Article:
Muscle gains definitely contribute to LBM gains, but so does water, which can fluctuate throughout the day. For instance, this means that if you were to drink a significant amount of water, enough to raise your body weight by one pound, this weight would technically be a “gain” of lean mass.
It’s also important to note that muscle itself contains water – a lot of it. According to the USGS, muscle can contain up to 79% water content. Research has also shown that resistance training promotes the increase of intracellular water in both men and women.
All of this points to two main problems when talking about “lean gains”:
Since there’s a significant difference between Lean Body Mass and Skeletal Muscle Mass, how is it possible to know how much of each you have?
Let’s start with what not to do: do not try to use a scale to calculate changes in Skeletal Muscle Mass.
It’s a popular method to estimate muscle gain using a combination of the number on the scale and advice from fitness magazines.
The problem with using a scale to estimate progress is there are so many factors that can influence an increase in body weight, a few of which include:
There is only one way to calculate what is happening to your Lean Body Mass: getting your body composition analyzed. Without testing your body composition, there will be no way to know what any gain or loss in your body weight is due to.
Most methods of body composition analysis will at the minimum divide your body into Lean Body Mass (this may be referred to as Fat-Free Mass) and Fat Mass. These methods include:
Each of these has their pros and cons, and accuracy may vary depending on a number of factors unique to each testing method.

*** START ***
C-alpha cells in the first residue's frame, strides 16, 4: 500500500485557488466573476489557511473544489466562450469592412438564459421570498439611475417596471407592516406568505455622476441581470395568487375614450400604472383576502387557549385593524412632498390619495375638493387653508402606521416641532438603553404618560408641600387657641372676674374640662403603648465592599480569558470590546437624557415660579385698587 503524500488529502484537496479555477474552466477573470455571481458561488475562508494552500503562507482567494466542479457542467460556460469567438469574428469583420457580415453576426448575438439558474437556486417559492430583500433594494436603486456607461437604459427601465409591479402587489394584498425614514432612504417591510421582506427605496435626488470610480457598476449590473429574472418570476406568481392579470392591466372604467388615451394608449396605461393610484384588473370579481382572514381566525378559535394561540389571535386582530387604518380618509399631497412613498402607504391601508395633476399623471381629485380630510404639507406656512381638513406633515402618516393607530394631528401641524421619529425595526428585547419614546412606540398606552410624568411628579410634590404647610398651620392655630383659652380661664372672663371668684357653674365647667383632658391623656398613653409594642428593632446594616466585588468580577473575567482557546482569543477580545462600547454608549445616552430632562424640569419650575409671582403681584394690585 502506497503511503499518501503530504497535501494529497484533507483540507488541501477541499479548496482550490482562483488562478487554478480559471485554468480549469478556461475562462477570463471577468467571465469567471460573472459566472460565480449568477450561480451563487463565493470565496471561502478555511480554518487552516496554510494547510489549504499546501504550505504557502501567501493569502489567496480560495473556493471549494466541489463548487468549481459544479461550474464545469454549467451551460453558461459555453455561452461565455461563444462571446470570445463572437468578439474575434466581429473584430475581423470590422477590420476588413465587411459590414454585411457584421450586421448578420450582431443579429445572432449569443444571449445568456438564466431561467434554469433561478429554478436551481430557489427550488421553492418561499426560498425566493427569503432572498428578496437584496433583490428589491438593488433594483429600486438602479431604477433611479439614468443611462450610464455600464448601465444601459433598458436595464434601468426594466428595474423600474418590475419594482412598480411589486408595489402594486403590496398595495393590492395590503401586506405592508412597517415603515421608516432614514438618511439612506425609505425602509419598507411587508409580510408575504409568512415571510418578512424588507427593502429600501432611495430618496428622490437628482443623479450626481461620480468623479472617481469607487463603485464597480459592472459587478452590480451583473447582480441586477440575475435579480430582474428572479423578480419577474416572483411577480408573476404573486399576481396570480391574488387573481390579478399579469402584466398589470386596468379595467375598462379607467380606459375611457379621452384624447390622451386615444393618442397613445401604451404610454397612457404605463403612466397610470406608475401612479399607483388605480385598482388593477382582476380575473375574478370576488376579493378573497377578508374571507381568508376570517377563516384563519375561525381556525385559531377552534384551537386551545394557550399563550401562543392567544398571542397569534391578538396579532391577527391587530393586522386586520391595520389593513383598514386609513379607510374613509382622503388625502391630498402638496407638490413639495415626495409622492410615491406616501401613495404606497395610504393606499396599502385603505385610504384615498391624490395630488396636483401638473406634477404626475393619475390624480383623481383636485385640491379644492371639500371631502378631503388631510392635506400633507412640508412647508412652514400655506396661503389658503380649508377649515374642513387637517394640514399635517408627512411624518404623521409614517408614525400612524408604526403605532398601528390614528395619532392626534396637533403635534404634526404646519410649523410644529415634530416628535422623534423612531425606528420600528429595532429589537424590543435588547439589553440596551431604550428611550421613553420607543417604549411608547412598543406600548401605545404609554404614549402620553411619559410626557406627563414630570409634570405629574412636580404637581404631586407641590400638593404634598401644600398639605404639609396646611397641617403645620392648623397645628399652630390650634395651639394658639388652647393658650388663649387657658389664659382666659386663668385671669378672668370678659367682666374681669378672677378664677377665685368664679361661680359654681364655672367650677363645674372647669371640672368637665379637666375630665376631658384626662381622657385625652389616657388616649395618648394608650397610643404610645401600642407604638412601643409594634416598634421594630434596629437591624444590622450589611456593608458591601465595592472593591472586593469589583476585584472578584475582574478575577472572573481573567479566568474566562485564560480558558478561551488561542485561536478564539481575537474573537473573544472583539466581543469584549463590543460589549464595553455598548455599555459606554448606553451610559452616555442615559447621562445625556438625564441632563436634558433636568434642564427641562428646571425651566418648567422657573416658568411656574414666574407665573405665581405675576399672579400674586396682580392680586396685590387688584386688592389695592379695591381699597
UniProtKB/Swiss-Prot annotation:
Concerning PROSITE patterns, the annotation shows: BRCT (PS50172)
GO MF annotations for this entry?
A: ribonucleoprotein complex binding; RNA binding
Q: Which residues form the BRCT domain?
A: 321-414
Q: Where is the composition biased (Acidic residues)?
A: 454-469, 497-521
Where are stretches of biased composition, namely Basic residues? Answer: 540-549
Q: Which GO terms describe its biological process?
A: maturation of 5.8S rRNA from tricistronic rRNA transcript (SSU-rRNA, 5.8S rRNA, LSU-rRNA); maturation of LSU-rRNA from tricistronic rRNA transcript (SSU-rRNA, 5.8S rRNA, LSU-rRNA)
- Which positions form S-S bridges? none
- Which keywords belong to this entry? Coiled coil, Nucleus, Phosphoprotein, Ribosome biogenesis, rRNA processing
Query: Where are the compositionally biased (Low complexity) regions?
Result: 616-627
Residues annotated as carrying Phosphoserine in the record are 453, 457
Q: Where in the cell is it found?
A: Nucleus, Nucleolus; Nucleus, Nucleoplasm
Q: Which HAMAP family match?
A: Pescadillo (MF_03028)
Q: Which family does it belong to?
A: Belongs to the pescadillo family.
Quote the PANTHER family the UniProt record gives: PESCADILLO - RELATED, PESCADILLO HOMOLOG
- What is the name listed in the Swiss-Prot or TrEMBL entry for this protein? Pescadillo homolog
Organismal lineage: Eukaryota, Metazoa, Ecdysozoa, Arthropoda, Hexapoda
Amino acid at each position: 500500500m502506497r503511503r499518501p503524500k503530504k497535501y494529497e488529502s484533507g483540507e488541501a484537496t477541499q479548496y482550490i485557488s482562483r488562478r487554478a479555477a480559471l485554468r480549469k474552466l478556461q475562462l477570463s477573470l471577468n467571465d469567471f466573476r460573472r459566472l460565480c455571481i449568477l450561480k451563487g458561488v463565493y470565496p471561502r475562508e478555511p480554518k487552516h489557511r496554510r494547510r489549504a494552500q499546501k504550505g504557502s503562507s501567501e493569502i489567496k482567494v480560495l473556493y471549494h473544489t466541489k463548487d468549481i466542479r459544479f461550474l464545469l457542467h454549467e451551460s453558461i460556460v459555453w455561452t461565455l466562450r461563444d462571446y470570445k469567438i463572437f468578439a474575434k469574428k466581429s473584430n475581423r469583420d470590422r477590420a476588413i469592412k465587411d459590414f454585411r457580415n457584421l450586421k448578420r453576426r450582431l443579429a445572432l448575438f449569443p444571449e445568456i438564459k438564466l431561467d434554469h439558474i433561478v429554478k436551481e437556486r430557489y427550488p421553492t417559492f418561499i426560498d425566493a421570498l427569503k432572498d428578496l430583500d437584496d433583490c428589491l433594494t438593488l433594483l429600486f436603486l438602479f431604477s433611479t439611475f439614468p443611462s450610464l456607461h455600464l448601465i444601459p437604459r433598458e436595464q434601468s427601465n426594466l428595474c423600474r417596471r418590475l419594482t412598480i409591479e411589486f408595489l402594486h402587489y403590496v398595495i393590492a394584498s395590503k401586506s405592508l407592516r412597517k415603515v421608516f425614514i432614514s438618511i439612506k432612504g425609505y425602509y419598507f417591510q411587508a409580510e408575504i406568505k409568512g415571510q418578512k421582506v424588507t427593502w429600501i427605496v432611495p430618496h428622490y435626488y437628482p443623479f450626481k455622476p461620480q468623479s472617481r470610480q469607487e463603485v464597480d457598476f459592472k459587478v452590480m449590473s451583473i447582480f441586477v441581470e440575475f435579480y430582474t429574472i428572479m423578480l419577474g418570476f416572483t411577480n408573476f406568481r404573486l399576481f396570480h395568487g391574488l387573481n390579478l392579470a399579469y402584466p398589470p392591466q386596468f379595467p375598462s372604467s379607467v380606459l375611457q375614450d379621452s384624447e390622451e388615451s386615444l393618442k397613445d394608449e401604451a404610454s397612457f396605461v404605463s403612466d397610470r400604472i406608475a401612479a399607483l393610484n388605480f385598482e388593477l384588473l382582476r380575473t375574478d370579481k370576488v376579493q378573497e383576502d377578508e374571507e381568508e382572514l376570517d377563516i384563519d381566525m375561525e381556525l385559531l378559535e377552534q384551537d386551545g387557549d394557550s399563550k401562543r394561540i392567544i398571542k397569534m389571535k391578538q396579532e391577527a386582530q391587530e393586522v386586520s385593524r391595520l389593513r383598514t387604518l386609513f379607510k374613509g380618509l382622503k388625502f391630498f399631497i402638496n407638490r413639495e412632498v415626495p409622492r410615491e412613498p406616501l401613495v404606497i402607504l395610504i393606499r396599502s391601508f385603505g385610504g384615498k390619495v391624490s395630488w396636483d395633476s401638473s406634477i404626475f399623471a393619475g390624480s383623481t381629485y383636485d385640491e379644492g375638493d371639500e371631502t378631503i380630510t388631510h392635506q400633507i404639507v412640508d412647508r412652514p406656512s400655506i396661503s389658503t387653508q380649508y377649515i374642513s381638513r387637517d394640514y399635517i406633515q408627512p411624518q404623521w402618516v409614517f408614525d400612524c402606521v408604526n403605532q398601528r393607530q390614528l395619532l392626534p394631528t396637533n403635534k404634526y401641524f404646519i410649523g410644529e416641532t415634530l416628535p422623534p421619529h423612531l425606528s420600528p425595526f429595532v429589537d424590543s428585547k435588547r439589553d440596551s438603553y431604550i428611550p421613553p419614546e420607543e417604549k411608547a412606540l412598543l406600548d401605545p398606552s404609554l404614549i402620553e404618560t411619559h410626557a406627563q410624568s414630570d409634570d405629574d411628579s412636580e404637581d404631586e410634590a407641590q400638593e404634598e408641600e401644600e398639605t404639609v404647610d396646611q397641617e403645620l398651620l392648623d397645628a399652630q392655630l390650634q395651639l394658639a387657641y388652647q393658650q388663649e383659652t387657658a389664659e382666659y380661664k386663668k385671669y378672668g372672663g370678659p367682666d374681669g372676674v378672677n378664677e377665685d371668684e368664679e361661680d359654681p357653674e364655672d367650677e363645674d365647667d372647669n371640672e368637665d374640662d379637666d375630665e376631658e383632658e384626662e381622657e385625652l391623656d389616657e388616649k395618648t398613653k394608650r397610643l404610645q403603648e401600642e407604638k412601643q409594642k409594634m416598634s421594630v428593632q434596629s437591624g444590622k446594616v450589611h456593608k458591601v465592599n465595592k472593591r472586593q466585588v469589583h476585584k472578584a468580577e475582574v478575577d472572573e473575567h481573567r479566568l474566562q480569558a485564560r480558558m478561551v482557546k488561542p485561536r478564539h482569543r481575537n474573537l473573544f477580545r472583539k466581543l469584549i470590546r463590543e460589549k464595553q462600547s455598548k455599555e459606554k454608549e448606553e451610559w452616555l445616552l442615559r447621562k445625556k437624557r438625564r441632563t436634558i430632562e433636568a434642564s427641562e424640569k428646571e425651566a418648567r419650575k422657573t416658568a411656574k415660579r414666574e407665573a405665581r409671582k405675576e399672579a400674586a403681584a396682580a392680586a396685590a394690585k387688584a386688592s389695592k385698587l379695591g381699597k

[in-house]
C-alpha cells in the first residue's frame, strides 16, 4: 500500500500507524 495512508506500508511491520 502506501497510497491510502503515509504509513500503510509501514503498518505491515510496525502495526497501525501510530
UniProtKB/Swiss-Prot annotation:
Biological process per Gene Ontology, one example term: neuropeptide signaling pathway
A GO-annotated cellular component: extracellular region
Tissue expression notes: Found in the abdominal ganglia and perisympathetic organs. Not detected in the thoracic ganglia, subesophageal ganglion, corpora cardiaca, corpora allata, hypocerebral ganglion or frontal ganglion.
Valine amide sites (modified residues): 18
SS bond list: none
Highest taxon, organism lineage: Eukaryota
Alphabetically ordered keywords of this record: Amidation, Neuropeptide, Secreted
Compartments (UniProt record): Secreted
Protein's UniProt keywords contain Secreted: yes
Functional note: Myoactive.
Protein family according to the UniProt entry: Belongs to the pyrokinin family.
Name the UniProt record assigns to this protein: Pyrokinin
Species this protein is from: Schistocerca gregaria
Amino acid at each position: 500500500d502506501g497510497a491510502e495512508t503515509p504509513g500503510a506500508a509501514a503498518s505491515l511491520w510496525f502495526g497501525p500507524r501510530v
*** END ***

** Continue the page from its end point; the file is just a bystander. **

For more in-depth body composition analysis, you would need to look to two more sophisticated methods: dual-energy X-ray absorptiometry (DEXA) and Direct Segmental Multi-Frequency bioelectrical impedance analysis (DSM-BIA). Not only will these methods tell you how much fat you have, but they will differentiate your skeletal muscle mass from your lean body mass.
Back to our originally three statements: which is correct to say? Let’s review:
However, that’s all you can really say. Because of the nature of Lean Body Mass, it is very hard to say how much of the gain is due to water and how much is due to muscle (which is largely water to begin with). A gain of 5 pounds of LBM is not 5 pounds of pure muscle,
When it comes to tracking your muscle gain (or fat loss), it all comes down to what tools you’re using to measure your progress. If all you are working with is a weight scale, then all you will ever know for sure is your weight is increasing or decreasing. It would be hard to differentiate the weight gain from water, muscle, or body fat. If you are serious about accurately measuring your muscle gain and assessing your health, go get a body composition analysis. Then – and only then – can you tell people that you gained five pounds of muscle with confidence.